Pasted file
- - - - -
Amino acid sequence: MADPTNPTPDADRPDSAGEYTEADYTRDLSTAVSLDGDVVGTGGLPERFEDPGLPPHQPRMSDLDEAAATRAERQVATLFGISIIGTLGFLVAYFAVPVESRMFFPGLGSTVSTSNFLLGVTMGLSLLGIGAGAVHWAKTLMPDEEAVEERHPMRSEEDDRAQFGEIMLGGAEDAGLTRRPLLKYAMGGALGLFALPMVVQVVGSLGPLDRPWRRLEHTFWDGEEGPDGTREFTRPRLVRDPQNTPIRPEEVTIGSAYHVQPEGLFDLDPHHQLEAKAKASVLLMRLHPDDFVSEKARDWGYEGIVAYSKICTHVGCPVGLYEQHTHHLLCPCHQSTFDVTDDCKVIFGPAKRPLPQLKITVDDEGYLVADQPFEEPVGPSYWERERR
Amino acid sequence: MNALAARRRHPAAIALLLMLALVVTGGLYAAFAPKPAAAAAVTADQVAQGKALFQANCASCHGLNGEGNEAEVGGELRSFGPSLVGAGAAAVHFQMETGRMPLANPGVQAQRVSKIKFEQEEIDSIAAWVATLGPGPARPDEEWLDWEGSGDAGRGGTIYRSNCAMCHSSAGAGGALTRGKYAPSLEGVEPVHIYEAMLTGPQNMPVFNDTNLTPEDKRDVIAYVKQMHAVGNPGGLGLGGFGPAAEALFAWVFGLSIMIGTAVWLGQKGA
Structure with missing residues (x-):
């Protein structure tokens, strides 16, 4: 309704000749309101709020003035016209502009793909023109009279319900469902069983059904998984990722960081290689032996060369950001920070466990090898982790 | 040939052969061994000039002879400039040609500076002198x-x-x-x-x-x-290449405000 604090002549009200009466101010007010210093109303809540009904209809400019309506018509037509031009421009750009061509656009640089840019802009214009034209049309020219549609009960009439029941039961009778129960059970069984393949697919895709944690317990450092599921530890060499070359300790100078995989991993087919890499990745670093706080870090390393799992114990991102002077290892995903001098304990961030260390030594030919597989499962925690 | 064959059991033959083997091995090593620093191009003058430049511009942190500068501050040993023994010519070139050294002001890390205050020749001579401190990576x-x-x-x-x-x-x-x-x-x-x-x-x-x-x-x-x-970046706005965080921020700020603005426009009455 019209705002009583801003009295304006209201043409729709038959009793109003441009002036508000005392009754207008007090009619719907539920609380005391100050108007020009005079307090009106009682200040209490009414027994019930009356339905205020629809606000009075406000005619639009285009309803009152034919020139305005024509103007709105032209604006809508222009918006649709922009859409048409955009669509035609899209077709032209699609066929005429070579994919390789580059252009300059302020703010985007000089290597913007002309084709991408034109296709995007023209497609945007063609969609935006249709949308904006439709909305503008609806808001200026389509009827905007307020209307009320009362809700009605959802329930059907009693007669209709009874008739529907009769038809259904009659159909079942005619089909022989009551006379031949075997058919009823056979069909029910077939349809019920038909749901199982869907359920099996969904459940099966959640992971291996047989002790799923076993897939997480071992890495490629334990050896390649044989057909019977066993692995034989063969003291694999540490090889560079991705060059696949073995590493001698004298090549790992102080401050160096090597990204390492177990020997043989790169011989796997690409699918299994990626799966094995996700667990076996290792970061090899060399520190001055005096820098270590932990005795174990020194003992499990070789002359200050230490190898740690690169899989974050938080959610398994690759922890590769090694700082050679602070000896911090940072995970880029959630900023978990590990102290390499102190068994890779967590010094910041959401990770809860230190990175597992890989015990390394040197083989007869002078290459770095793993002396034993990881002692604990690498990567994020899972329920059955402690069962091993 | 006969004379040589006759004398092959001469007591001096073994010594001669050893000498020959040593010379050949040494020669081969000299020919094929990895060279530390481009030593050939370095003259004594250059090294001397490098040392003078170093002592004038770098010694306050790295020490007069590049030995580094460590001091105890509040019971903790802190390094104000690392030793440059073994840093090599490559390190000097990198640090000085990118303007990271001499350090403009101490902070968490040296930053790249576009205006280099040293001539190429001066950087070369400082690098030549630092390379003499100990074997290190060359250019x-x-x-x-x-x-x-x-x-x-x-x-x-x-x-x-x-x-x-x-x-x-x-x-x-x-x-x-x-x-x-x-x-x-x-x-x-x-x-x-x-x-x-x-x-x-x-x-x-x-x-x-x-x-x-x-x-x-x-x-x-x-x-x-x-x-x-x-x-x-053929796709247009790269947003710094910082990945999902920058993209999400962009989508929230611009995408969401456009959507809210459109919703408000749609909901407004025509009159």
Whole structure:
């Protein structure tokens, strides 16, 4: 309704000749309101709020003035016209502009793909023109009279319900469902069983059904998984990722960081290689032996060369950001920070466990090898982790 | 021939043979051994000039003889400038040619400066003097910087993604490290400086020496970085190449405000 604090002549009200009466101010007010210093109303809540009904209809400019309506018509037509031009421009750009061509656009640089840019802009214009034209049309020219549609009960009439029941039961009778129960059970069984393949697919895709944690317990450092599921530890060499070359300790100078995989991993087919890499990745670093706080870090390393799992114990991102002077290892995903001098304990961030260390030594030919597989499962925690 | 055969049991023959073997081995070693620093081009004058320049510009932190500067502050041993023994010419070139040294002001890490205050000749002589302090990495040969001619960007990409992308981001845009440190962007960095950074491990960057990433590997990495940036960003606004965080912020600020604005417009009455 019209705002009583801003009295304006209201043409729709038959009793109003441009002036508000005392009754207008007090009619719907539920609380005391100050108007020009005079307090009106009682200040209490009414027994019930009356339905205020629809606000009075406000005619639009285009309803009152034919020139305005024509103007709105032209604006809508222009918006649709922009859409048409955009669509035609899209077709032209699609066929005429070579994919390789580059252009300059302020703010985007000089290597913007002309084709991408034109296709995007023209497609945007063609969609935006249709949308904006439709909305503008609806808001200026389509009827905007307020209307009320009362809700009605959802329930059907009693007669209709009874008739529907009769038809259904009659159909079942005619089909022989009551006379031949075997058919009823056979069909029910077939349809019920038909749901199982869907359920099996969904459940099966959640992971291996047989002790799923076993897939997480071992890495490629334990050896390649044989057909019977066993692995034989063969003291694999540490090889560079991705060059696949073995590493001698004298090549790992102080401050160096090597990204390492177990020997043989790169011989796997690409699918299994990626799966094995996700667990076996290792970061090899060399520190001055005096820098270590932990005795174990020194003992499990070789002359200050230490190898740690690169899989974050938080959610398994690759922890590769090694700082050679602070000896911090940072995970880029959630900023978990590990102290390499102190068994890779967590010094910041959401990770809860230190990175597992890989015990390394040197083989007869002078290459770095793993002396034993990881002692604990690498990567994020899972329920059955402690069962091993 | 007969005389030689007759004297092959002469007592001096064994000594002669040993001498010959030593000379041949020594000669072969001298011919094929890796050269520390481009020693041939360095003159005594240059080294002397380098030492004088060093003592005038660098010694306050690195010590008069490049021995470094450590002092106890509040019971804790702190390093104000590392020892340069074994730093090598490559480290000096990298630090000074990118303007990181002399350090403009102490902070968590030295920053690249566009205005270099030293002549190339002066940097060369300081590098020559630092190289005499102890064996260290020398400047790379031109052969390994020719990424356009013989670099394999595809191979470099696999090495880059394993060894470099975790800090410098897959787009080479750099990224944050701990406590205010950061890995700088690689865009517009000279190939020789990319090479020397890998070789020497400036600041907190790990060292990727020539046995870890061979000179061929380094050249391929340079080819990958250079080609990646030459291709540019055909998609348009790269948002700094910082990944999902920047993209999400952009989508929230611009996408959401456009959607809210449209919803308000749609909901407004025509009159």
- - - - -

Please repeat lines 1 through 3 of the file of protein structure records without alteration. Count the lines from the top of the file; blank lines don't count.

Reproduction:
Amino acid sequence: MADPTNPTPDADRPDSAGEYTEADYTRDLSTAVSLDGDVVGTGGLPERFEDPGLPPHQPRMSDLDEAAATRAERQVATLFGISIIGTLGFLVAYFAVPVESRMFFPGLGSTVSTSNFLLGVTMGLSLLGIGAGAVHWAKTLMPDEEAVEERHPMRSEEDDRAQFGEIMLGGAEDAGLTRRPLLKYAMGGALGLFALPMVVQVVGSLGPLDRPWRRLEHTFWDGEEGPDGTREFTRPRLVRDPQNTPIRPEEVTIGSAYHVQPEGLFDLDPHHQLEAKAKASVLLMRLHPDDFVSEKARDWGYEGIVAYSKICTHVGCPVGLYEQHTHHLLCPCHQSTFDVTDDCKVIFGPAKRPLPQLKITVDDEGYLVADQPFEEPVGPSYWERERR
Amino acid sequence: MNALAARRRHPAAIALLLMLALVVTGGLYAAFAPKPAAAAAVTADQVAQGKALFQANCASCHGLNGEGNEAEVGGELRSFGPSLVGAGAAAVHFQMETGRMPLANPGVQAQRVSKIKFEQEEIDSIAAWVATLGPGPARPDEEWLDWEGSGDAGRGGTIYRSNCAMCHSSAGAGGALTRGKYAPSLEGVEPVHIYEAMLTGPQNMPVFNDTNLTPEDKRDVIAYVKQMHAVGNPGGLGLGGFGPAAEALFAWVFGLSIMIGTAVWLGQKGA
Structure with missing residues (x-):